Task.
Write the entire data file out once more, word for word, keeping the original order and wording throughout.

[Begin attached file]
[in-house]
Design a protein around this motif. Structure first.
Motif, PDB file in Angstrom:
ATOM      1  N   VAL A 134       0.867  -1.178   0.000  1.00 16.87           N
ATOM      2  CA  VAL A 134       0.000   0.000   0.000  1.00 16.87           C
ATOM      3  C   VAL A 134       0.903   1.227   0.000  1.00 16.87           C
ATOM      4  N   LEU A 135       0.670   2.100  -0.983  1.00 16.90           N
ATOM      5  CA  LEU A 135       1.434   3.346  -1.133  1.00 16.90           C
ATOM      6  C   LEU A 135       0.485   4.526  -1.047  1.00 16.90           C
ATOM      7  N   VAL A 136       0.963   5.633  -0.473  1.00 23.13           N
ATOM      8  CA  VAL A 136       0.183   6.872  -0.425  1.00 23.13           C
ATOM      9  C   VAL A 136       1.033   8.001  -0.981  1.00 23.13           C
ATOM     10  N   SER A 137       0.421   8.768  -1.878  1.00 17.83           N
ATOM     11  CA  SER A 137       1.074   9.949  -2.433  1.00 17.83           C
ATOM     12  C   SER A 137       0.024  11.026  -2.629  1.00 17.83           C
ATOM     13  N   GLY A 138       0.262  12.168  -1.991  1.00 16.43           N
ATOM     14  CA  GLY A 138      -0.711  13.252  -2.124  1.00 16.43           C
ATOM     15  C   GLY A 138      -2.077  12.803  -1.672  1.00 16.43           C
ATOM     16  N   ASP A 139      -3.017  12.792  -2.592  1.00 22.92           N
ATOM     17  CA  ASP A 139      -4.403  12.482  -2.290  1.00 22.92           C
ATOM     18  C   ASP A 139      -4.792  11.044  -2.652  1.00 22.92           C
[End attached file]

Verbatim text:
[in-house]
Design a protein around this motif. Structure first.
Motif, PDB file in Angstrom:
ATOM      1  N   VAL A 134       0.867  -1.178   0.000  1.00 16.87           N
ATOM      2  CA  VAL A 134       0.000   0.000   0.000  1.00 16.87           C
ATOM      3  C   VAL A 134       0.903   1.227   0.000  1.00 16.87           C
ATOM      4  N   LEU A 135       0.670   2.100  -0.983  1.00 16.90           N
ATOM      5  CA  LEU A 135       1.434   3.346  -1.133  1.00 16.90           C
ATOM      6  C   LEU A 135       0.485   4.526  -1.047  1.00 16.90           C
ATOM      7  N   VAL A 136       0.963   5.633  -0.473  1.00 23.13           N
ATOM      8  CA  VAL A 136       0.183   6.872  -0.425  1.00 23.13           C
ATOM      9  C   VAL A 136       1.033   8.001  -0.981  1.00 23.13           C
ATOM     10  N   SER A 137       0.421   8.768  -1.878  1.00 17.83           N
ATOM     11  CA  SER A 137       1.074   9.949  -2.433  1.00 17.83           C
ATOM     12  C   SER A 137       0.024  11.026  -2.629  1.00 17.83           C
ATOM     13  N   GLY A 138       0.262  12.168  -1.991  1.00 16.43           N
ATOM     14  CA  GLY A 138      -0.711  13.252  -2.124  1.00 16.43           C
ATOM     15  C   GLY A 138      -2.077  12.803  -1.672  1.00 16.43           C
ATOM     16  N   ASP A 139      -3.017  12.792  -2.592  1.00 22.92           N
ATOM     17  CA  ASP A 139      -4.403  12.482  -2.290  1.00 22.92           C
ATOM     18  C   ASP A 139      -4.792  11.044  -2.652  1.00 22.92           C